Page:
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South Fulton senior receives 49 college acceptance letters, $1.3 million in scholarship offers

Makenzie Thompson said she has decided to study animal science at Tuskegee University.

ATLANTA — A senior at a South Fulton high school has finally made a decision on where she wants to attend college after having her pick of the litter. 

Makenzie Thompson is sitting on $1.3 million in scholarship offers and 49 acceptance letters from colleges and universities all over the nation.

The Westlake High School senior's list of accomplishments during her tenure at the high school runs long.

"I am currently the senior class president. I am a four-year veteran and co-captain of the Blue Rain dance team. I am also the vice president of Beta Club. I am one of the baseball managers for the varsity baseball team. I also am a Georgia Merit Scholar recipient. I also am on national honor society, National Honor Society of Dance Arts," she told 11Alive's Liza Lucas.

She's also an IB certificate candidate and a work-based learning student in the school's magnet program. 

"So I pretty much do it all," Thompson continued.

It wasn't always Thompson's wish to apply to this many institutions. She said she just leaped at the opportunities when they came about. At first, she only wanted to make sure she had options incase "plan A" didn't work out.

"I just took advantage of that opportunity to go ahead and apply to many schools when I went to college fairs, received a fee waiver, and took part in all that," she said.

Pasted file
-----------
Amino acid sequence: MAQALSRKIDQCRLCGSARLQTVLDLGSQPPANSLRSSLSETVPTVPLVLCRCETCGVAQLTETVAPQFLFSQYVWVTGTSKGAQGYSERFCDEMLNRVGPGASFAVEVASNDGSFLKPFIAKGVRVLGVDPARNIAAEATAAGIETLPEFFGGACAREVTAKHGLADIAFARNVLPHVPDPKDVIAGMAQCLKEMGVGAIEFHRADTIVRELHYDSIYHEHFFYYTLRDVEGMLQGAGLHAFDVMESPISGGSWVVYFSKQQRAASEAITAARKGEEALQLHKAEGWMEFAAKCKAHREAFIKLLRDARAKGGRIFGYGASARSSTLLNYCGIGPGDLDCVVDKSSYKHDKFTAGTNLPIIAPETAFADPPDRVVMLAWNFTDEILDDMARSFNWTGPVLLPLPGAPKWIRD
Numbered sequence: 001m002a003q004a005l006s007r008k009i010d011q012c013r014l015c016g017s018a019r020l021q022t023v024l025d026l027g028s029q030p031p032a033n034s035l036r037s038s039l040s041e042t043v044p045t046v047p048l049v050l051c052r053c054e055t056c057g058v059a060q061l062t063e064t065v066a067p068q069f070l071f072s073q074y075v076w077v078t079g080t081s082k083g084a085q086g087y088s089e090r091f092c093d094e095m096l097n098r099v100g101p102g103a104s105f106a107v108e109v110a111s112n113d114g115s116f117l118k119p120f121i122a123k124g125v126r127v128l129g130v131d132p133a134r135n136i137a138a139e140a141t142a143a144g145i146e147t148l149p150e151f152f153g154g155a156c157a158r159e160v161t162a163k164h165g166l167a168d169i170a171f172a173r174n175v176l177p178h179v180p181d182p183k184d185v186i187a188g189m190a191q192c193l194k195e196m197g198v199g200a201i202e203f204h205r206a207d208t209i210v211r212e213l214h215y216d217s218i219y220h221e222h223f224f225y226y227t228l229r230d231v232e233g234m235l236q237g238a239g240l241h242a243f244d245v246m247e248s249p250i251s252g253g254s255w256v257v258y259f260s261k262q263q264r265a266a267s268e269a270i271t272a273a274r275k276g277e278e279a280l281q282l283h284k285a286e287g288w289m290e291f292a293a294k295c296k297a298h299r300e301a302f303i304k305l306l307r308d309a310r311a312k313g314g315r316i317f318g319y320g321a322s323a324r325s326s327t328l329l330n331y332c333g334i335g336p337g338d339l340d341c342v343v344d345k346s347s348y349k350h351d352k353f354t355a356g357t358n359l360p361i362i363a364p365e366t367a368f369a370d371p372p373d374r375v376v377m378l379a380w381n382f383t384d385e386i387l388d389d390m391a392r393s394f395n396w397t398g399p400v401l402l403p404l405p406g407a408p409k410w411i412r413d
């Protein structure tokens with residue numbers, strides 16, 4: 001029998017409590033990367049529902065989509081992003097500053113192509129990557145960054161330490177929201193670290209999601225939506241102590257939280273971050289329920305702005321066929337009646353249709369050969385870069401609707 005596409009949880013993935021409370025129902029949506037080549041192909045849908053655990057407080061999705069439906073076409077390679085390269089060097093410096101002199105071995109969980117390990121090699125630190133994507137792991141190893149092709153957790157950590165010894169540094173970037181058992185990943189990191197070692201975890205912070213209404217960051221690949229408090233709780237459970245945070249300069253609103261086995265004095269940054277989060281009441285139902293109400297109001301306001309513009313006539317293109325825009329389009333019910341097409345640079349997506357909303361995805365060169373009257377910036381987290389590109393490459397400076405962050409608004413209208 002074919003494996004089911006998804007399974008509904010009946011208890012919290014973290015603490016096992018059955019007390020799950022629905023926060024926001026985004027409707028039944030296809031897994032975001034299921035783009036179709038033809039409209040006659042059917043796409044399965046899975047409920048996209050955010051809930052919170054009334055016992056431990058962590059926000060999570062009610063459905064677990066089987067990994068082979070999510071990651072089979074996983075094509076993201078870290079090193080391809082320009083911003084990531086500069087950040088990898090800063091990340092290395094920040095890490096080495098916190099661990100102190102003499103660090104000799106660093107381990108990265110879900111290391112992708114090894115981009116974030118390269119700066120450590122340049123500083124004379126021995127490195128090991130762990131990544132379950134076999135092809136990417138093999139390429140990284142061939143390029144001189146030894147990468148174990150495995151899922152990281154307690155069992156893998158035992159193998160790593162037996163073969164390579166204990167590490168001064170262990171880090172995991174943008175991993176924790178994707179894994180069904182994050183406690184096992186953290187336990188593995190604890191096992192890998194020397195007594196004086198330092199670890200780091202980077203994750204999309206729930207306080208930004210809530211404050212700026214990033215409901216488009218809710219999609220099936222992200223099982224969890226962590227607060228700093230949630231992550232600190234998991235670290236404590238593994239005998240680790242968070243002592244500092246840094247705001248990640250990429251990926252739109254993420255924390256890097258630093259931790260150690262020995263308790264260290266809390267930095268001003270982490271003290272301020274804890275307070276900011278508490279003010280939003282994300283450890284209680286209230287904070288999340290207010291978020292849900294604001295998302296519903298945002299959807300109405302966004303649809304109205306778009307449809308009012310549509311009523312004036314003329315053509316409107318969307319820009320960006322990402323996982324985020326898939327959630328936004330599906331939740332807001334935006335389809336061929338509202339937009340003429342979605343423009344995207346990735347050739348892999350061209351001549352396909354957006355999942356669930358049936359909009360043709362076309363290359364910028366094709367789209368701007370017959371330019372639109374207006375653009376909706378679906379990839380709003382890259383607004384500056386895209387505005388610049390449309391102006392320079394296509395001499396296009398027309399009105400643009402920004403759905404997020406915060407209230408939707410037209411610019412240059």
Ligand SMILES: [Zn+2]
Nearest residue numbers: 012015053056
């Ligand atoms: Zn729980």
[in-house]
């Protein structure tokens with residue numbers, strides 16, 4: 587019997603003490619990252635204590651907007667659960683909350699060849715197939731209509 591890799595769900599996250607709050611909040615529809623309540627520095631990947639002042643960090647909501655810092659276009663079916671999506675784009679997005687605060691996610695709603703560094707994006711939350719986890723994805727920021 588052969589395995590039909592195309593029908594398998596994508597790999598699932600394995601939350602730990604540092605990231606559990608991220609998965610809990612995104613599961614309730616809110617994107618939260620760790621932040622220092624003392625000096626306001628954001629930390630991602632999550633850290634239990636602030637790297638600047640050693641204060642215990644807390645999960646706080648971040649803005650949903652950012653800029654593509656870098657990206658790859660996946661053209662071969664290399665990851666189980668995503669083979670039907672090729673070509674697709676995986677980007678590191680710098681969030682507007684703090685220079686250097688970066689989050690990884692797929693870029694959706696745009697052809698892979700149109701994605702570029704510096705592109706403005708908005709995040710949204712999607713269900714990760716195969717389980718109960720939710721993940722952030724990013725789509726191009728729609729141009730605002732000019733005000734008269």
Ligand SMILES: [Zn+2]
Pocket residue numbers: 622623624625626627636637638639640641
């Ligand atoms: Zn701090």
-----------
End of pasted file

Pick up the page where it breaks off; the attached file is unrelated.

The first acceptance letter came in from Fort Valley State University in Central Georgia. Now, they're rolling in by the dozens. Thompson said her family is keeping all of the offer letters in a folder inside their home. It's been exciting for the family to see that file get heftier as the weeks go by.

"We're running out of space," she chuckled. 

She's also received acceptance letters from the University of Georgia and Purdue University among others. Although she's still waiting on a decision letter from Cornell University, Thompson has officially decided to study animal science at Tuskegee University, a historically Black college and university in Alabama. 

She wants to become a small, large, and exotic veterinarian.

"I'm looking forward to a fresh start, new environment, new state, new people, me learning how to be on my own, fend for myself. Really working on my independence," she continued. "I'm excited for Tuskegee to start embracing me."

For students still waiting to hear a decision back from their university of choice, Thomson advises they should "trust the process."

"Everything will work out as it needs to be as long as you put in the hard work, stay on top of it, and don't give up," she said. 

Credit: Makenzie Thompson

 

   

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